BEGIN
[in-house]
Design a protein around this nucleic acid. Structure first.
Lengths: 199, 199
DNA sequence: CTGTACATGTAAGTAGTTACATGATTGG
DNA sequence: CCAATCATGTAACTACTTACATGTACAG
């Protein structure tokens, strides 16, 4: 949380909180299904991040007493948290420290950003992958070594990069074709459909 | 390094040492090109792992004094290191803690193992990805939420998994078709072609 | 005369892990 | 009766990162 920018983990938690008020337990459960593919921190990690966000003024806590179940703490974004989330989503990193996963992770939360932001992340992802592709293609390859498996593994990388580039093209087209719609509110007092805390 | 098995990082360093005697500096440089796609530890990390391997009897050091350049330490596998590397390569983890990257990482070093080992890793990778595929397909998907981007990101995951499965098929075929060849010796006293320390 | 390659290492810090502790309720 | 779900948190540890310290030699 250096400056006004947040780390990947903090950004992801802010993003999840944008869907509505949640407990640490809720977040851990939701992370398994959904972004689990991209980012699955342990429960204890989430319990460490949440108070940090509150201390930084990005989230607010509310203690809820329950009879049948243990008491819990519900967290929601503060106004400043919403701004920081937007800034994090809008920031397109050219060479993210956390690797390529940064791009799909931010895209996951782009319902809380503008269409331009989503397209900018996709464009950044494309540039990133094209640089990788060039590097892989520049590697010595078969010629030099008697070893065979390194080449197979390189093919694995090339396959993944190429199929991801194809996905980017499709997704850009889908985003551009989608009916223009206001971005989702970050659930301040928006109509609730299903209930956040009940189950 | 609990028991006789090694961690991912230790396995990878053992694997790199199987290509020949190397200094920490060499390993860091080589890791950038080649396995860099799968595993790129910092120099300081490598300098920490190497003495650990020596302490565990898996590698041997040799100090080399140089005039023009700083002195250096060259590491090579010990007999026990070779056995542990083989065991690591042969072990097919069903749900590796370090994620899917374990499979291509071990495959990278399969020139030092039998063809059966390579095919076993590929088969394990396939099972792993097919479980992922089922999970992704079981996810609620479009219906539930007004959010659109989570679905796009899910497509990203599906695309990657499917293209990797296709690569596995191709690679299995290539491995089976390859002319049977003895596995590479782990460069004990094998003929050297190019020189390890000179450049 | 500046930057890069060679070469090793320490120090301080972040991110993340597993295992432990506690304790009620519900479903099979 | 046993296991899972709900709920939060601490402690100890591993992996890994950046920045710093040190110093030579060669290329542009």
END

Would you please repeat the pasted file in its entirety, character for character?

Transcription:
[in-house]
Design a protein around this nucleic acid. Structure first.
Lengths: 199, 199
DNA sequence: CTGTACATGTAAGTAGTTACATGATTGG
DNA sequence: CCAATCATGTAACTACTTACATGTACAG
């Protein structure tokens, strides 16, 4: 949380909180299904991040007493948290420290950003992958070594990069074709459909 | 390094040492090109792992004094290191803690193992990805939420998994078709072609 | 005369892990 | 009766990162 920018983990938690008020337990459960593919921190990690966000003024806590179940703490974004989330989503990193996963992770939360932001992340992802592709293609390859498996593994990388580039093209087209719609509110007092805390 | 098995990082360093005697500096440089796609530890990390391997009897050091350049330490596998590397390569983890990257990482070093080992890793990778595929397909998907981007990101995951499965098929075929060849010796006293320390 | 390659290492810090502790309720 | 779900948190540890310290030699 250096400056006004947040780390990947903090950004992801802010993003999840944008869907509505949640407990640490809720977040851990939701992370398994959904972004689990991209980012699955342990429960204890989430319990460490949440108070940090509150201390930084990005989230607010509310203690809820329950009879049948243990008491819990519900967290929601503060106004400043919403701004920081937007800034994090809008920031397109050219060479993210956390690797390529940064791009799909931010895209996951782009319902809380503008269409331009989503397209900018996709464009950044494309540039990133094209640089990788060039590097892989520049590697010595078969010629030099008697070893065979390194080449197979390189093919694995090339396959993944190429199929991801194809996905980017499709997704850009889908985003551009989608009916223009206001971005989702970050659930301040928006109509609730299903209930956040009940189950 | 609990028991006789090694961690991912230790396995990878053992694997790199199987290509020949190397200094920490060499390993860091080589890791950038080649396995860099799968595993790129910092120099300081490598300098920490190497003495650990020596302490565990898996590698041997040799100090080399140089005039023009700083002195250096060259590491090579010990007999026990070779056995542990083989065991690591042969072990097919069903749900590796370090994620899917374990499979291509071990495959990278399969020139030092039998063809059966390579095919076993590929088969394990396939099972792993097919479980992922089922999970992704079981996810609620479009219906539930007004959010659109989570679905796009899910497509990203599906695309990657499917293209990797296709690569596995191709690679299995290539491995089976390859002319049977003895596995590479782990460069004990094998003929050297190019020189390890000179450049 | 500046930057890069060679070469090793320490120090301080972040991110993340597993295992432990506690304790009620519900479903099979 | 046993296991899972709900709920939060601490402690100890591993992996890994950046920045710093040190110093030579060669290329542009």